|Publication number||US6218803 B1|
|Application number||US 09/326,374|
|Publication date||Apr 17, 2001|
|Filing date||Jun 4, 1999|
|Priority date||Jun 4, 1999|
|Also published as||CA2310908A1, EP1058095A2|
|Publication number||09326374, 326374, US 6218803 B1, US 6218803B1, US-B1-6218803, US6218803 B1, US6218803B1|
|Inventors||Jean I. Montagu, Peter Honkanen, Nathan K. Weiner|
|Original Assignee||Genetic Microsystems, Inc.|
|Export Citation||BiBTeX, EndNote, RefMan|
|Patent Citations (20), Non-Patent Citations (2), Referenced by (92), Classifications (10), Legal Events (6)|
|External Links: USPTO, USPTO Assignment, Espacenet|
A galvanometric optical scanner is a limited rotation motor to which a position detector is mounted. Normally the scanner carries a mirror that is used to deflect a beam of light, typically a laser beam. It is common to assemble two such units in series, to deflect light in two orthogonal directions and so address an entire surface. Such a paired unit is commonly referred to as a “two axis scanner” or a “two axis scan head”.
Single axis scanners as well as two axis scan heads are used in hundreds of applications, in such categories as laser micro machining, visual communication, artificial extension of vision, material processing, medical procedures, and entertainment.
Frequently, laser scanning is used for extremely precise functions. Examples are satellite to satellite communication, motion picture creation from computer data, silicon microchip repair, laser engraving, and laser guidance for aircraft and missiles. In these and other applications, pointing or tracking precision and stability are critical.
Modern optical scanners are expected to have sub-microradian resolution and stability. The desired stability is frequently equal to the resolution of the instrument, e.g. 1 microradian, over a range of environmental conditions. The critical element that determines these properties is a position sensor, also known as a position transducer, mounted on the shaft of the limited rotation motor. Capacitive transducers are commonly used for such applications and numerous designs have been described, see Miller U.S. Pat. No. 3,517,282 and U.S. Pat. No. 3,577,072, and Foldvari et al, “Capacitive Transducers”, Instruments and Controls Systems, November, 1964. A modern position transducer is an analog device with low inertia, often less than 1 g.cm2, that can resolve better than 1 microradian with a range over 1 radian. These capacitive transducers are derived from the common variable capacitor in which substrates and movable elements may be made of extremely stable and rigid isotropic materials such as PCB or ceramic material, which are comparatively low in cost. Capacitive angular position transducers are preferred for scanning applications because they have low inertia, very high resolution and very small time constant, as well as being comparatively inexpensive to build.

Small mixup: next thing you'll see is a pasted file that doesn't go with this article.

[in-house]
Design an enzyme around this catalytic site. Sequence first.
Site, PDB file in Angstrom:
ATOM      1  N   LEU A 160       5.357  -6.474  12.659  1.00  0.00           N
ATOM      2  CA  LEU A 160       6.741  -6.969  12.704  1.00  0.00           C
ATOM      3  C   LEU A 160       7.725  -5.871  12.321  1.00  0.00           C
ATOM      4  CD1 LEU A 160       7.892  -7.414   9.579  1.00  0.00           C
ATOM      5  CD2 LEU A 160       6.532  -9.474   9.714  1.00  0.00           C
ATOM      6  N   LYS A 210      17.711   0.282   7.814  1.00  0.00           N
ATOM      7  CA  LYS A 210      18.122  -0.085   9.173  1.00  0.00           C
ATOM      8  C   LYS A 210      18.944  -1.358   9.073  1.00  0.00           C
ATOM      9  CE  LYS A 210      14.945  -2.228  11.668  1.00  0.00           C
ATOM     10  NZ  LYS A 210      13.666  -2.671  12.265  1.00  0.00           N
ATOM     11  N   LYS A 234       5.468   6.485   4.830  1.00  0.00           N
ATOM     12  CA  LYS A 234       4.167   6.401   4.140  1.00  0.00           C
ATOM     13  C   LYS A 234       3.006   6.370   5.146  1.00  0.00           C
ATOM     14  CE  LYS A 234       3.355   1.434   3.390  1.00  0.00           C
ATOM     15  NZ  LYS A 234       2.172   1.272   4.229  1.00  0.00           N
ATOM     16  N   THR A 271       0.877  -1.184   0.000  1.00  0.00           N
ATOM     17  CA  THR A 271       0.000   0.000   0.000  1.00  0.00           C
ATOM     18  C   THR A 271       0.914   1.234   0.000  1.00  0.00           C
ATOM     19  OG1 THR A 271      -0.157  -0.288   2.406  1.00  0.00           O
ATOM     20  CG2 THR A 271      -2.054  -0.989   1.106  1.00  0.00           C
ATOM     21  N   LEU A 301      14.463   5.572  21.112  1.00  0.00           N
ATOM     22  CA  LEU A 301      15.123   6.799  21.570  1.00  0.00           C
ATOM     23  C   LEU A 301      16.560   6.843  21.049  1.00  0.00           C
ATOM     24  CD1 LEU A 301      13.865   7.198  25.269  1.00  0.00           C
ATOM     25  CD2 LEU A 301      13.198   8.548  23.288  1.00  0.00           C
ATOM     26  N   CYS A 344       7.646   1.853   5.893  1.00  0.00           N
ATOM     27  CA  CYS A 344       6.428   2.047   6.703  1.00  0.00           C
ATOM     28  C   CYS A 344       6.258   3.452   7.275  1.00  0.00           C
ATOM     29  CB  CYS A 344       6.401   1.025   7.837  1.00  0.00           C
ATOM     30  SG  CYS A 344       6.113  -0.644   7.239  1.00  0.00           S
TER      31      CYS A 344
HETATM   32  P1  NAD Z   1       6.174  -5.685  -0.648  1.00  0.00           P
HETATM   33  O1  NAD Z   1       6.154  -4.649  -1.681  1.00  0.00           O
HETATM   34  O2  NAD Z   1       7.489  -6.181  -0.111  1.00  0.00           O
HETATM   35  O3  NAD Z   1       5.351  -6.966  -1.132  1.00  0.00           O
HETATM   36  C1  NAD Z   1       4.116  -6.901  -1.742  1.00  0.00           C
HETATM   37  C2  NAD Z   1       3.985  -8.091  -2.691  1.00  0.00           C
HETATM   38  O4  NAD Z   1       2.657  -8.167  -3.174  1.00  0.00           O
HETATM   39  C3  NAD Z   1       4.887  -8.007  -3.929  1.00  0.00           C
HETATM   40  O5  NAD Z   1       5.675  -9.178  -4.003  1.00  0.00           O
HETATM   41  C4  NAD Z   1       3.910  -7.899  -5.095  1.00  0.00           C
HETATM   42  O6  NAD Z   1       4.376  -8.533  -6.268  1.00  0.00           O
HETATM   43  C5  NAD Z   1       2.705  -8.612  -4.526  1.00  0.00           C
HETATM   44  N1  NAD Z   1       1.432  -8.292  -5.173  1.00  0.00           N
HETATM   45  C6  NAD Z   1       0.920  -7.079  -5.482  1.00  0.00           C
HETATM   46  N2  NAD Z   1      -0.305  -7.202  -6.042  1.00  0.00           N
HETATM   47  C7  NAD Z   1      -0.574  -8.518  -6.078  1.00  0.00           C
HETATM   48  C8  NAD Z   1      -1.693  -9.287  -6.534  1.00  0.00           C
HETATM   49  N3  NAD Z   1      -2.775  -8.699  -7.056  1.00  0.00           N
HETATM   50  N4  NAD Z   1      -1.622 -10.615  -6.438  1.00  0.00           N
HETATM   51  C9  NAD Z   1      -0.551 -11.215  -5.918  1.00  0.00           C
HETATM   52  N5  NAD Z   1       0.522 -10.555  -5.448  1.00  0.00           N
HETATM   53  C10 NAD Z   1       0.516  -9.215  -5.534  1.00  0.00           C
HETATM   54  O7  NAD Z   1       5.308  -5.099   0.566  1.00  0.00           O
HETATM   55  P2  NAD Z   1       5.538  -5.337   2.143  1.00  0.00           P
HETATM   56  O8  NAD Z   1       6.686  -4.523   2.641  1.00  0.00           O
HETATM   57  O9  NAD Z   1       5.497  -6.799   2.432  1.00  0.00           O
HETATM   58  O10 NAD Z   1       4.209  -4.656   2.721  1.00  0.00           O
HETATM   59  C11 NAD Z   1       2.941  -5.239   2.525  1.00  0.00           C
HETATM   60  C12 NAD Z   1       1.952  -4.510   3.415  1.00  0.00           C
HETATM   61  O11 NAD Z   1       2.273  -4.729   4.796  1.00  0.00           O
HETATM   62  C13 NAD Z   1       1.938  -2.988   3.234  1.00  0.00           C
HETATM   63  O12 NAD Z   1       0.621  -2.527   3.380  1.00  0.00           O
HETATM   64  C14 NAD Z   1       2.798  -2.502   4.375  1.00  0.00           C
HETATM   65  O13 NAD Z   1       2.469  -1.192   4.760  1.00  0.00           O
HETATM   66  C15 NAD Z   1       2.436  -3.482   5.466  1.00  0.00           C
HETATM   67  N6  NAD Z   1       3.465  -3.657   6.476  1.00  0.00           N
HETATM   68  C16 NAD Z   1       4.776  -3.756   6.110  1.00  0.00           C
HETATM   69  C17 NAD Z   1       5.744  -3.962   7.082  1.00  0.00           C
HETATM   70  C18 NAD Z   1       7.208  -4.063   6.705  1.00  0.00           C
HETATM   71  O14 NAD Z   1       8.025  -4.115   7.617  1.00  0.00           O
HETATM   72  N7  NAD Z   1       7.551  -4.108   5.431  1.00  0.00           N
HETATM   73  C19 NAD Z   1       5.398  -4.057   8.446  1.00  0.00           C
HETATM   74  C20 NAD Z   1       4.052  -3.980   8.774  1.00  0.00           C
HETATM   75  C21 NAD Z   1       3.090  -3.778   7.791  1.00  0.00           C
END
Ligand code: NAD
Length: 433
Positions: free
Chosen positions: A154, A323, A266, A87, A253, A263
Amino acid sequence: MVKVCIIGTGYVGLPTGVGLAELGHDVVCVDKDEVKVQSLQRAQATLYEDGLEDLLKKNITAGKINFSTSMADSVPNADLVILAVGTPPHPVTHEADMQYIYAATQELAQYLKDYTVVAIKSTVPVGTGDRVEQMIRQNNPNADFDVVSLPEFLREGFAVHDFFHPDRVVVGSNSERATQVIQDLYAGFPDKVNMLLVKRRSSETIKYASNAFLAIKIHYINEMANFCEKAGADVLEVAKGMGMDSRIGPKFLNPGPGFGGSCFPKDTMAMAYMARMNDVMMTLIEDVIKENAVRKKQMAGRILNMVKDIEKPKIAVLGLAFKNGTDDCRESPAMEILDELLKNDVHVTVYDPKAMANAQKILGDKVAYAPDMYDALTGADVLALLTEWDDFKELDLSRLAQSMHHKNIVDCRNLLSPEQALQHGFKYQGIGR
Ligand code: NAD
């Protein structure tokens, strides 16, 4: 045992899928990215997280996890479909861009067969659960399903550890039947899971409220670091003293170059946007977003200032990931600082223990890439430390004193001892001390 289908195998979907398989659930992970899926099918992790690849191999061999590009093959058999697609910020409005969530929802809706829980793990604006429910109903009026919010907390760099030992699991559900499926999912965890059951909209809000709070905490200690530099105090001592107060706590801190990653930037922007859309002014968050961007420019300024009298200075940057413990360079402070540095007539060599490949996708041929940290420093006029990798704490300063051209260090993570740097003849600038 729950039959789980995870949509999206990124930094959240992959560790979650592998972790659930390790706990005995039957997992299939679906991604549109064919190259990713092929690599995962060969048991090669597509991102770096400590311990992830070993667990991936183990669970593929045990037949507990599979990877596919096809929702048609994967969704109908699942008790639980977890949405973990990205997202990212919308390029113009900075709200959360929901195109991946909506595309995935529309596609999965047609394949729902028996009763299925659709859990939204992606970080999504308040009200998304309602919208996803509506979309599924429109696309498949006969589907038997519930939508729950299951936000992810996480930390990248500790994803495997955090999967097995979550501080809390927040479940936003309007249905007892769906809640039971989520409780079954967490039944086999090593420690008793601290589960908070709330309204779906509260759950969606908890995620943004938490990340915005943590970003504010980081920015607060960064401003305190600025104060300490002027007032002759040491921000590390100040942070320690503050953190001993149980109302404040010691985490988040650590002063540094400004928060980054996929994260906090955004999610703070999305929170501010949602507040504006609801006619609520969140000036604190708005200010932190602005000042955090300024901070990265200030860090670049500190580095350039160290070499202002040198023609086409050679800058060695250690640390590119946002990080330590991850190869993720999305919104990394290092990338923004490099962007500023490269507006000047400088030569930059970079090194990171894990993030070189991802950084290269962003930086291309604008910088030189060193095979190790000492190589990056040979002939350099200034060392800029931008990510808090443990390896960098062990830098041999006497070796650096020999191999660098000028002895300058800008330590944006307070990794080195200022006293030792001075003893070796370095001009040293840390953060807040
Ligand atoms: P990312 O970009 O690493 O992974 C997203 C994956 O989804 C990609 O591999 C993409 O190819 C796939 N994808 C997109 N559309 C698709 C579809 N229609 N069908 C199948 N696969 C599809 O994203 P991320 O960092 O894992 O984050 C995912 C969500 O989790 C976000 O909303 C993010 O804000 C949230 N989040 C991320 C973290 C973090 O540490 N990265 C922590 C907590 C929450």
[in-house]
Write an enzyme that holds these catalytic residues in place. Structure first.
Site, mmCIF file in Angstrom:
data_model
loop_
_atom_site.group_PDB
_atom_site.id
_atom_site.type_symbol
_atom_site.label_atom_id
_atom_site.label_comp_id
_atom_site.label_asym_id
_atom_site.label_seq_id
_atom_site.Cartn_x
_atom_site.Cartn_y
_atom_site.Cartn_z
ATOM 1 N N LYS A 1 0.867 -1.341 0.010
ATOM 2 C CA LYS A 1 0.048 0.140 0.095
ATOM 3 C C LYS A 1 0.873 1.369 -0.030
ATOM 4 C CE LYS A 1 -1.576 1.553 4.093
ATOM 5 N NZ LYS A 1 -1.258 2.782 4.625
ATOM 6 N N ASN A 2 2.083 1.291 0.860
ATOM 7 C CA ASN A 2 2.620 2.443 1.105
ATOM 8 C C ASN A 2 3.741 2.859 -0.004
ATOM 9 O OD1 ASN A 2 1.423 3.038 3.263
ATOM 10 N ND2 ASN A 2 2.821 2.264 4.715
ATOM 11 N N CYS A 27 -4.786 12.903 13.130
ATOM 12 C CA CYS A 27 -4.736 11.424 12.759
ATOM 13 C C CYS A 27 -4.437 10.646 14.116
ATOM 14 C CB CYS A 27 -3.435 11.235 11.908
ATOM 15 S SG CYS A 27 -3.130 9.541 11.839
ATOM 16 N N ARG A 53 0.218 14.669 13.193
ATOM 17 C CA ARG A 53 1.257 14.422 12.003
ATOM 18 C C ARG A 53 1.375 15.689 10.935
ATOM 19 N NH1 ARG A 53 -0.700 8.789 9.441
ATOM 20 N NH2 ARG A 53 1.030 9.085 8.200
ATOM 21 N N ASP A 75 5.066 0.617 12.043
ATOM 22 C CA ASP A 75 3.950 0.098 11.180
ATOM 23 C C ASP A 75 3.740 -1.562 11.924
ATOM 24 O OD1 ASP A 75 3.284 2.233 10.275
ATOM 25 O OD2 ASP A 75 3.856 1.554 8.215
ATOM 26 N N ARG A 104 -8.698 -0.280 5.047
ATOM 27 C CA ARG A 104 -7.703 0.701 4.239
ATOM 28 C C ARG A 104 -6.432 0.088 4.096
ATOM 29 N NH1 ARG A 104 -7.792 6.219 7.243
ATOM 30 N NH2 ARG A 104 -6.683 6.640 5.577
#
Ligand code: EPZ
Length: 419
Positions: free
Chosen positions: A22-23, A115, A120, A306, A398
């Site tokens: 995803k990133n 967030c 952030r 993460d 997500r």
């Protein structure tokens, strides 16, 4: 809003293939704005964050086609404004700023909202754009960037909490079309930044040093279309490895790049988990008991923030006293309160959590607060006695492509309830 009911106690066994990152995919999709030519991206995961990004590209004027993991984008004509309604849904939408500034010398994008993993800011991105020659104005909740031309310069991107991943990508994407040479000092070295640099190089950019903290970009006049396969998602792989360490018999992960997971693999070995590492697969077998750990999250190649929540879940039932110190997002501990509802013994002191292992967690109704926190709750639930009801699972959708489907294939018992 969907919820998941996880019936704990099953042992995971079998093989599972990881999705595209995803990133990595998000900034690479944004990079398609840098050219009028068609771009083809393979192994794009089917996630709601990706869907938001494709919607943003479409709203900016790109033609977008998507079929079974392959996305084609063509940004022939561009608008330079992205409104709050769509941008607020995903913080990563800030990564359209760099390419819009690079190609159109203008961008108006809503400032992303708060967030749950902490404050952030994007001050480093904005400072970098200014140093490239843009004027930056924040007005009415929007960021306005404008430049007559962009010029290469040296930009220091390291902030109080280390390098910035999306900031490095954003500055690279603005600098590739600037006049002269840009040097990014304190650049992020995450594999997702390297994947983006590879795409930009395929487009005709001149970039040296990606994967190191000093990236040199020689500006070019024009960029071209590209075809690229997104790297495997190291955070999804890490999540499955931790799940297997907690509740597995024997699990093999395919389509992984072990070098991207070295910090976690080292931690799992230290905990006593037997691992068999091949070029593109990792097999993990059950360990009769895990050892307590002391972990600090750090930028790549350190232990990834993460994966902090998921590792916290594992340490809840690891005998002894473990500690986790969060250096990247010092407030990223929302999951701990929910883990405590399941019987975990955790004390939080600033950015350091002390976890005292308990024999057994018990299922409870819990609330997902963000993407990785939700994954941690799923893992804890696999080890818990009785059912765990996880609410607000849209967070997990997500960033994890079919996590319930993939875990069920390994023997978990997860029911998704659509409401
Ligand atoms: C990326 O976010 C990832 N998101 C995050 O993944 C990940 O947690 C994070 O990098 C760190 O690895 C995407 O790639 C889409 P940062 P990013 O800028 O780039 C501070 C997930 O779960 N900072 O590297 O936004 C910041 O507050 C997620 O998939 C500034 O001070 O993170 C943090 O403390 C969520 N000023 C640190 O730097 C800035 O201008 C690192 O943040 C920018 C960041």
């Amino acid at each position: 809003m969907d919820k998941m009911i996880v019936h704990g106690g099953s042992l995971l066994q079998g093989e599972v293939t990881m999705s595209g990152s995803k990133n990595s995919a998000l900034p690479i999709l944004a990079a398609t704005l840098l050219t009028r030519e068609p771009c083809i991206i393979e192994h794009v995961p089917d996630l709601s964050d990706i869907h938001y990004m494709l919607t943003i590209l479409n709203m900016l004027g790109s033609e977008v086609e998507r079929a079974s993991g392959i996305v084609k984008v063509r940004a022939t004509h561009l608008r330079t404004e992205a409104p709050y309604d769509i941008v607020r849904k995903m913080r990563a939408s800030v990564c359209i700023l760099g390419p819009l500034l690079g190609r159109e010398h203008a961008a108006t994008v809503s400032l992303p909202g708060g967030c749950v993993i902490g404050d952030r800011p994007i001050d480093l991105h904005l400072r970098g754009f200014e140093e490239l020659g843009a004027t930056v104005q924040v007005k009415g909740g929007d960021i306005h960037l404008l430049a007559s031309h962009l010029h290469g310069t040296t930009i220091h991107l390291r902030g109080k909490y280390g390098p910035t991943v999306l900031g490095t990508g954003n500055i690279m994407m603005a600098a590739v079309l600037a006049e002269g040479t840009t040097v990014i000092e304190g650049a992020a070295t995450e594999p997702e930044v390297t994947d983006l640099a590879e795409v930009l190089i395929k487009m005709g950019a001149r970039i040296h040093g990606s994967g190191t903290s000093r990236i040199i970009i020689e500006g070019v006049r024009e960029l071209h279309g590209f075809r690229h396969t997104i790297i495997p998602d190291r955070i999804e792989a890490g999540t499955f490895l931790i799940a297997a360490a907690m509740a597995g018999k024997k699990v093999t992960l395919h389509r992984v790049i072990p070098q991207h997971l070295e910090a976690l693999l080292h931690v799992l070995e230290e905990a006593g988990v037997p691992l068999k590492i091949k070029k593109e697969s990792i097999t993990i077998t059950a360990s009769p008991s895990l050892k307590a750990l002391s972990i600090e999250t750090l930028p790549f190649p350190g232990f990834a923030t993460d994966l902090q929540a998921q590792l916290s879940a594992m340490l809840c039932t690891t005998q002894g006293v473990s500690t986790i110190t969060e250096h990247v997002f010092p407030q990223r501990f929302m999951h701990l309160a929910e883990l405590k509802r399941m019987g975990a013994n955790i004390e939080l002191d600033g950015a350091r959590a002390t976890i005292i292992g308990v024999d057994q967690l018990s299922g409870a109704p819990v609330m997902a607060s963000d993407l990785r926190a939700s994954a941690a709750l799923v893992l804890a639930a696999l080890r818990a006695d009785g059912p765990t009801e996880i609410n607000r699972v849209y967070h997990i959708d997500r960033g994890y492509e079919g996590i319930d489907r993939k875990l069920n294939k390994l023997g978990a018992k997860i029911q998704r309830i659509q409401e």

Despite these features, a major shortcoming is lack of stability. The signal, gain and null pointing of capacitive transducers all drift as a function of temperature, humidity or simply over time. The associated decoding electronics are also analog elements and must use extremely stable components. As the associated electronics employ a few dozen critical elements, the stability of each element needs to be an order of magnitude greater than that of the system. This is rarely achieved and never achieved at low cost of construction and verification.
A high quality optical scanner available from Cambridge Technology Inc., Cambridge, Mass., for instance, has resolution under one microradian but, according to Fadvertisement, has null drift of 10 microradians/deg. C, gain drift of 50 PPM/deg. C and short term uncorrected drift of 8 microradians for units equipped with Automatic Gain Control (AGC).
When good stability is imperative, with stability of the same value as the 1 microradian resolution of the system, construction and verification of the units is very demanding. A number of techniques have been proposed in efforts to provide compensation to satisfy the need for high stability.
One approach is exemplified by Rohr U.S. Pat. No. 4,864,295 in which, on the mechanical structure of the position sensing transducer, a secondary capacitor is employed for the sole purpose to measure thermal drift and to use the drift value to correct the error in position signal. Commercial transducers have rarely been built this way. Other designs add a number of elements and plates such as guards to obtain similar effects. Stokes et al, U.S. Pat. No. 5,099,386 is an example.